Baker will propose implementing first year of new school funding formula 

Student Opportunity Act was deferred by COVID 

GOV. CHARLIE BAKER will propose fully funding the first year of the recently updated school funding formula when he releases his fiscal 2022 budget proposal next week – a commitment that was delayed by a year due to COVID-19.  

Baker made the announcement on Friday at the Massachusetts Municipal Association’s annual meeting, which was conducted virtually due to COVID-19. 

Baker did not go into details other than to say the administration will “keep our commitment to local school districts by fully funding the first year of the Student Opportunity Act.” 

The governor did not give an exact dollar figure for how much additional money he will put into education aid. But based on past estimates, it will likely be more than $300 million. 

The Legislature passed and Baker signed the Student Opportunity Act in November 2019. The law rewrites the state’s Chapter 70 education funding formula to put more money into low-income districts, schools with English-language learners, special education costs, and employee health benefits. By the time it is fully funded, Massachusetts will be spending an additional $1.5 billion annually on education. 

When he introduced his fiscal 2021 budget proposal in January 2020, Baker proposed allocating $303.8 million in new Chapter 70 state education aid to fully fund the first year of the seven-year implementation of the new formula. (Some advocates said the number should have been even higher, at $377 million.) 

But after COVID-19 hit, causing a major recession and threatening to limit available state resources, Baker said in July that the state planned to defer implementing the new law and level fund education aid. In the final fiscal 2021 budget that lawmakers sent Baker in December, Chapter 70 aid increased by $108 million, just enough to cover inflation under the old formula.  

Lt. Gov. Karyn Polito used her address to the Massachusetts Municipal Association on Thursday to announce that the administration will propose a $39.5 million increase in aid to local governments, a 3.5 percent increase, for a total of $1.13 billion. That adheres to a commitment Baker made at the start of his term to increase local aid each year at the same rate as state revenues are increasing. 

With state finances expected to continue to be tight, Baker said he will rely on the state’s reservfund to make investments “without raising taxes in the midst of a pandemic.” 

Baker also said Friday that he will introduce an annual bill providing $200 million for local road repairs next week. That is the same level at which he has funded the Chapter 90 program throughout his administration, despite calls by municipal leaders to increase it.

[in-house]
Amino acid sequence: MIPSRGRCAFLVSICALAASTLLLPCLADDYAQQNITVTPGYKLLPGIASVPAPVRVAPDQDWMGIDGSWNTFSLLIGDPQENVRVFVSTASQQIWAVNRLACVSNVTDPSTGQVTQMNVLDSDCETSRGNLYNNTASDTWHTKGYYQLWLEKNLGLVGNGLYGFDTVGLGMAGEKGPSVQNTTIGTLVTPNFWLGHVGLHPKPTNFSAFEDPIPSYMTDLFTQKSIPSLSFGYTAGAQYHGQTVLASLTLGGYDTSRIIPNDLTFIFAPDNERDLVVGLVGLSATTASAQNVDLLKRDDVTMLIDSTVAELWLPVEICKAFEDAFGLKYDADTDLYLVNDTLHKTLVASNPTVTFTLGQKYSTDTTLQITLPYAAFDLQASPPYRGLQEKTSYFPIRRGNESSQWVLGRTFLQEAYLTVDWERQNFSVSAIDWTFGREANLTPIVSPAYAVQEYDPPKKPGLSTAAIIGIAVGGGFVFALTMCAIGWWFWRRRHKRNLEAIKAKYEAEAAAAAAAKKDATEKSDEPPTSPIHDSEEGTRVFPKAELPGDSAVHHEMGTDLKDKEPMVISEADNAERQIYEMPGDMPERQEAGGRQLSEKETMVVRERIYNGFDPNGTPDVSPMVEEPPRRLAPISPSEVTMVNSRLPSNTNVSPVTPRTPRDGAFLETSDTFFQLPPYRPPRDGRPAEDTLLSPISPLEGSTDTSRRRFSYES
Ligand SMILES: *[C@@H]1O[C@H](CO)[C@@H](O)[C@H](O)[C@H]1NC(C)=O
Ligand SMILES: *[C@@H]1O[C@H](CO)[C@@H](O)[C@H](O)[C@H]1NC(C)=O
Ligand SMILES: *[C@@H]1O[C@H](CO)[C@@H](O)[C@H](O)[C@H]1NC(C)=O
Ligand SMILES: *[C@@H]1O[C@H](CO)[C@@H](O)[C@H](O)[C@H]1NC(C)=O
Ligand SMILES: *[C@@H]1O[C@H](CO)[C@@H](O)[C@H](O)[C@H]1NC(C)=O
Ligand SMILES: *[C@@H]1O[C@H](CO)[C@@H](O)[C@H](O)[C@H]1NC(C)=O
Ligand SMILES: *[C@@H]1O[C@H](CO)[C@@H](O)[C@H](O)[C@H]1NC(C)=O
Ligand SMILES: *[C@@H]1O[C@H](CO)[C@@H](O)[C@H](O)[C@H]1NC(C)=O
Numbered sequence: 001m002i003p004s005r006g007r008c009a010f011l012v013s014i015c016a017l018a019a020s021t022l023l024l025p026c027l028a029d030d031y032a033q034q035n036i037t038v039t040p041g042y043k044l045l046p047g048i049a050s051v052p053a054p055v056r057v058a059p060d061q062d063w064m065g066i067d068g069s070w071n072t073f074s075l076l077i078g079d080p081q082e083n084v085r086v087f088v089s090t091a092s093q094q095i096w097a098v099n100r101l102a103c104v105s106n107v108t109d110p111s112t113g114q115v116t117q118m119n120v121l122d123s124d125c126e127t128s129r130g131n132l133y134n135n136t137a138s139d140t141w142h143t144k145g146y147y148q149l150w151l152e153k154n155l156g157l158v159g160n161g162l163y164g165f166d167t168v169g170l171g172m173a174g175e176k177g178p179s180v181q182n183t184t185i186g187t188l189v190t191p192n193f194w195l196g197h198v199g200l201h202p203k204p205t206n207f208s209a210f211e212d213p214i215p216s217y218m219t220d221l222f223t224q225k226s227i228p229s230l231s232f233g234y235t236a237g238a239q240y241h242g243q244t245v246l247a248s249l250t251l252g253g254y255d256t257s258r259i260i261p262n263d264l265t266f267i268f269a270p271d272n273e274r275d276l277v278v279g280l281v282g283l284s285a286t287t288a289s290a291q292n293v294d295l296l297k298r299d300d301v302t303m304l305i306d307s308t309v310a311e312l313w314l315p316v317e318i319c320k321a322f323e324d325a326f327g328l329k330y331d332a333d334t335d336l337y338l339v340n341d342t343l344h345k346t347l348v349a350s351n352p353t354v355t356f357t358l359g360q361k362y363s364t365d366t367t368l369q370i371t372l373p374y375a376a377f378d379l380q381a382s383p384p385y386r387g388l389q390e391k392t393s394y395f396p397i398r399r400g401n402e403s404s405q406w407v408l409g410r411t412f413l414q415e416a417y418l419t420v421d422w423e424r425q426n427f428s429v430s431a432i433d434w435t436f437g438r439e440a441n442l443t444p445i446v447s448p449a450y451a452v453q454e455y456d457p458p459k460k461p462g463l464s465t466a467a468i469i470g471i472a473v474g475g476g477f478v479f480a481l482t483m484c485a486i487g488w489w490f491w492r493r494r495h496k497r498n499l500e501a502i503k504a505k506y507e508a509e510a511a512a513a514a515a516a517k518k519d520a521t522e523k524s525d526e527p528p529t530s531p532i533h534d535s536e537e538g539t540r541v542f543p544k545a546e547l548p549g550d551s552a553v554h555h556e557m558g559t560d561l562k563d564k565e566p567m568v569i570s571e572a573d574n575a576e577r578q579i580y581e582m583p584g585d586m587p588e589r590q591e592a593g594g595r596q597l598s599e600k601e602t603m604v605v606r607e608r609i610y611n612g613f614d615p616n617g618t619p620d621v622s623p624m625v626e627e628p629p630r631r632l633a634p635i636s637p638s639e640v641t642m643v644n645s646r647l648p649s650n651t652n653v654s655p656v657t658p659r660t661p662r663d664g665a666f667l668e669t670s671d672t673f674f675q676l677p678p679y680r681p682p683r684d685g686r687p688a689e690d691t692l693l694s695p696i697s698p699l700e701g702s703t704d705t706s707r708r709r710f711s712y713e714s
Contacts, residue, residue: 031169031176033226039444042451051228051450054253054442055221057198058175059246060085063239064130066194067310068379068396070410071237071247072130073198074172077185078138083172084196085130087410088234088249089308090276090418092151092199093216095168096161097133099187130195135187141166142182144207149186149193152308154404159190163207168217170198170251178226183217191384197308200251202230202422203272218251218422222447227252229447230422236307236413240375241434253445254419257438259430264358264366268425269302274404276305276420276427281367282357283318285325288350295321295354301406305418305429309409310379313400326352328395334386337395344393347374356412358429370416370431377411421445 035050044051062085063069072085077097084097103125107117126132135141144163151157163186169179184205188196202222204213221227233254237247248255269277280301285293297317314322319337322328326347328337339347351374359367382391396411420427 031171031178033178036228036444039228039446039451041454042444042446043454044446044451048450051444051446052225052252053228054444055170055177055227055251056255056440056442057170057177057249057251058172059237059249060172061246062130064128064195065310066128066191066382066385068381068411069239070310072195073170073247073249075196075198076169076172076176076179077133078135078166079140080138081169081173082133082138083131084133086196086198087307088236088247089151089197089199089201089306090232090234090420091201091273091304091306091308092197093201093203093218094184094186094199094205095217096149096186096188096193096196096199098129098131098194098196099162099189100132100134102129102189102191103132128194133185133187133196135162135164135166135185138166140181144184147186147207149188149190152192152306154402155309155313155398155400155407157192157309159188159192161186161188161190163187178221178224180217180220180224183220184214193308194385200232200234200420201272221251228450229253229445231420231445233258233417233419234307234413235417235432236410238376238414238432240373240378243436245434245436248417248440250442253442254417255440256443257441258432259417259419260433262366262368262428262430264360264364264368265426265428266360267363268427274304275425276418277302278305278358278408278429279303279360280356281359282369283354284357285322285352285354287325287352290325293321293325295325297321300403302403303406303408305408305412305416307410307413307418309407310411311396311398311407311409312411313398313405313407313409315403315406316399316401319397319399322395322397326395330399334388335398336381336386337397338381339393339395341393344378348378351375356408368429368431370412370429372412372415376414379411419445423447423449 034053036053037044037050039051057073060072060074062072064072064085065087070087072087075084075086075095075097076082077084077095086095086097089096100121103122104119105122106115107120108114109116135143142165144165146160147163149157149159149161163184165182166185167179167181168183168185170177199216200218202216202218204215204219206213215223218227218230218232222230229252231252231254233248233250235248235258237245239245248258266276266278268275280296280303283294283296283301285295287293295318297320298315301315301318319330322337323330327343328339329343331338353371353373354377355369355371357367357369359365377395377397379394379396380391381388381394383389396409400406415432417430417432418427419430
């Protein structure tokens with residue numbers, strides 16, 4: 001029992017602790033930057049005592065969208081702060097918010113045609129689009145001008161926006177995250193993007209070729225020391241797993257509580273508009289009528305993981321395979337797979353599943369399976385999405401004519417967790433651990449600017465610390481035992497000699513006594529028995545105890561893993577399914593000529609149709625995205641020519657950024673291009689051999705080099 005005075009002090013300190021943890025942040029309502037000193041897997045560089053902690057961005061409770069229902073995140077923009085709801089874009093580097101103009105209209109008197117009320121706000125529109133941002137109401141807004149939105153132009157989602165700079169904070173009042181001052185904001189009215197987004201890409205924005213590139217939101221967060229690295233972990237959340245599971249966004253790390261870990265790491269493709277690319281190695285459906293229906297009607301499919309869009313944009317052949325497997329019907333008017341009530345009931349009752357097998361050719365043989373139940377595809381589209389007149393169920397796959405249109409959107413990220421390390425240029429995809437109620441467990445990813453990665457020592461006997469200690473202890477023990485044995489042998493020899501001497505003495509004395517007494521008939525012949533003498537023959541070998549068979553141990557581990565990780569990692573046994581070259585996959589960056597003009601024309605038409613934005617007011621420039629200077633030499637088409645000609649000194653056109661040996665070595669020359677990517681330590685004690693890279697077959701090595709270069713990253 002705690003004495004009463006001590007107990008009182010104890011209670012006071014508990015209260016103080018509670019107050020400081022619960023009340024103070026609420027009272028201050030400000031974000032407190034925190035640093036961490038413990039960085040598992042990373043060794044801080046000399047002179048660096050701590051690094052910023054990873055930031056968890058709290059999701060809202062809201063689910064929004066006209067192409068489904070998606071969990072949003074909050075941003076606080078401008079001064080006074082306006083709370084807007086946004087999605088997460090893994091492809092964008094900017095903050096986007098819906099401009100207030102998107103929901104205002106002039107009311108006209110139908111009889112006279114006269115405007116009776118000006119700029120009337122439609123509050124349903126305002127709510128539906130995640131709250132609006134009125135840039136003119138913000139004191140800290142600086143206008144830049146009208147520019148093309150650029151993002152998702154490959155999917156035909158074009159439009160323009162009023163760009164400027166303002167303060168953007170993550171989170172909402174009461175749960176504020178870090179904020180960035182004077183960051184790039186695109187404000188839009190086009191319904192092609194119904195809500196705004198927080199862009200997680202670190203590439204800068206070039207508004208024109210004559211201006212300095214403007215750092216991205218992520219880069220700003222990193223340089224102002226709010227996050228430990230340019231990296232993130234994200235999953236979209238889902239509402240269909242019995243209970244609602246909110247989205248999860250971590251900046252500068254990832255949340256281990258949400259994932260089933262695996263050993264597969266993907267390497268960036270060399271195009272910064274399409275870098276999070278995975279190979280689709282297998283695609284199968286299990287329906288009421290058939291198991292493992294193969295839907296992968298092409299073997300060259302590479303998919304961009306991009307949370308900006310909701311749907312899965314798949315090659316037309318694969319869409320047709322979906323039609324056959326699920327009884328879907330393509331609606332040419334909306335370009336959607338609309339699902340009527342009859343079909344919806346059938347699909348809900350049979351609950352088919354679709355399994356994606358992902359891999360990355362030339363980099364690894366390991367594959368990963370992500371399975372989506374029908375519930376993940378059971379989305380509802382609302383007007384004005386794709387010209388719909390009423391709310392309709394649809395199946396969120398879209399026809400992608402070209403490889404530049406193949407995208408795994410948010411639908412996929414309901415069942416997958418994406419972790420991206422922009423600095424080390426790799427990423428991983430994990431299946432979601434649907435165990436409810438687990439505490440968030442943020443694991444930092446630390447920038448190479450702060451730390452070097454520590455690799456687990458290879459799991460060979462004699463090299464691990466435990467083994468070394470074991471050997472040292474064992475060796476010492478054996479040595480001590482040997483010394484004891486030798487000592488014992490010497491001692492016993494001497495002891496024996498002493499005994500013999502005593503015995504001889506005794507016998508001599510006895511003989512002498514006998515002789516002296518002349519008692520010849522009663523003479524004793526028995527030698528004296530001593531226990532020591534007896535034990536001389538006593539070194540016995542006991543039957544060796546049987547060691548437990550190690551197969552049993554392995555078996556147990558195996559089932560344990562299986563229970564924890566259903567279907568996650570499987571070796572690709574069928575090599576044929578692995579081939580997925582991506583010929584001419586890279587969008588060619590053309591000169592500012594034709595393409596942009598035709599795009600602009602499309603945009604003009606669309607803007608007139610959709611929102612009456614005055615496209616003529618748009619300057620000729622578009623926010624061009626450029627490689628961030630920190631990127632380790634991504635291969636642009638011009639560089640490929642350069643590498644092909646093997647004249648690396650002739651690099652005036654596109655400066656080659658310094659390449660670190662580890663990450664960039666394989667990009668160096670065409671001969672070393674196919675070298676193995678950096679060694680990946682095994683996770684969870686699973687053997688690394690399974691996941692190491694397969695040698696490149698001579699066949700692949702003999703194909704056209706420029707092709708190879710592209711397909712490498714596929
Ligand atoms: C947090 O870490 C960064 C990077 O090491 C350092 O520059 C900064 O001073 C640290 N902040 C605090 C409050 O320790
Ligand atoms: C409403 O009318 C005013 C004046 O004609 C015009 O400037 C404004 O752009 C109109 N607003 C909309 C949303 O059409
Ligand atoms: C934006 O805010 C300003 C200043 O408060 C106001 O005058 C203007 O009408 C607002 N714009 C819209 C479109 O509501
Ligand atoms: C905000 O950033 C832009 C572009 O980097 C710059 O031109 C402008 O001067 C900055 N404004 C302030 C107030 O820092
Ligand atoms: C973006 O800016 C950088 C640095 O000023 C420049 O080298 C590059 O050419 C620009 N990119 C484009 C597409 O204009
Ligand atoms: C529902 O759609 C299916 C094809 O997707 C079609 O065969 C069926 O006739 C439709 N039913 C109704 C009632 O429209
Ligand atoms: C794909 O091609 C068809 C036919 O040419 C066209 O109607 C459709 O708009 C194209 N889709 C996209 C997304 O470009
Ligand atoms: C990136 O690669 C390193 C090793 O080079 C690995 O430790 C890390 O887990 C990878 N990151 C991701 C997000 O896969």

Meet the Author

Shira Schoenberg

Reporter, CommonWealth

About Shira Schoenberg

Shira Schoenberg is a reporter at CommonWealth magazine. Shira previously worked for more than seven years at the Springfield Republican/MassLive.com where she covered state politics and elections, covering topics as diverse as the launch of the legal marijuana industry, problems with the state's foster care system and the elections of U.S. Sen. Elizabeth Warren and Gov. Charlie Baker. Shira won the Massachusetts Bar Association's 2018 award for Excellence in Legal Journalism and has had several stories win awards from the New England Newspaper and Press Association. Shira covered the 2012 New Hampshire presidential primary for the Boston Globe. Before that, she worked for the Concord (N.H.) Monitor, where she wrote about state government, City Hall and Barack Obama's 2008 New Hampshire primary campaign. Shira holds a master's degree from Columbia University's Graduate School of Journalism.

About Shira Schoenberg

Shira Schoenberg is a reporter at CommonWealth magazine. Shira previously worked for more than seven years at the Springfield Republican/MassLive.com where she covered state politics and elections, covering topics as diverse as the launch of the legal marijuana industry, problems with the state's foster care system and the elections of U.S. Sen. Elizabeth Warren and Gov. Charlie Baker. Shira won the Massachusetts Bar Association's 2018 award for Excellence in Legal Journalism and has had several stories win awards from the New England Newspaper and Press Association. Shira covered the 2012 New Hampshire presidential primary for the Boston Globe. Before that, she worked for the Concord (N.H.) Monitor, where she wrote about state government, City Hall and Barack Obama's 2008 New Hampshire primary campaign. Shira holds a master's degree from Columbia University's Graduate School of Journalism.

Baker is set to deliver his State of the Commonwealth address Tuesday evening, and he will present his version of the fiscal 2022 state budget to the Legislature on Wednesday. 

The budget bill will go to the House and then the Senate, and each body will draft its own version, then negotiate a compromise to send back to the governor. Fiscal 2022 starts July 1, 2021.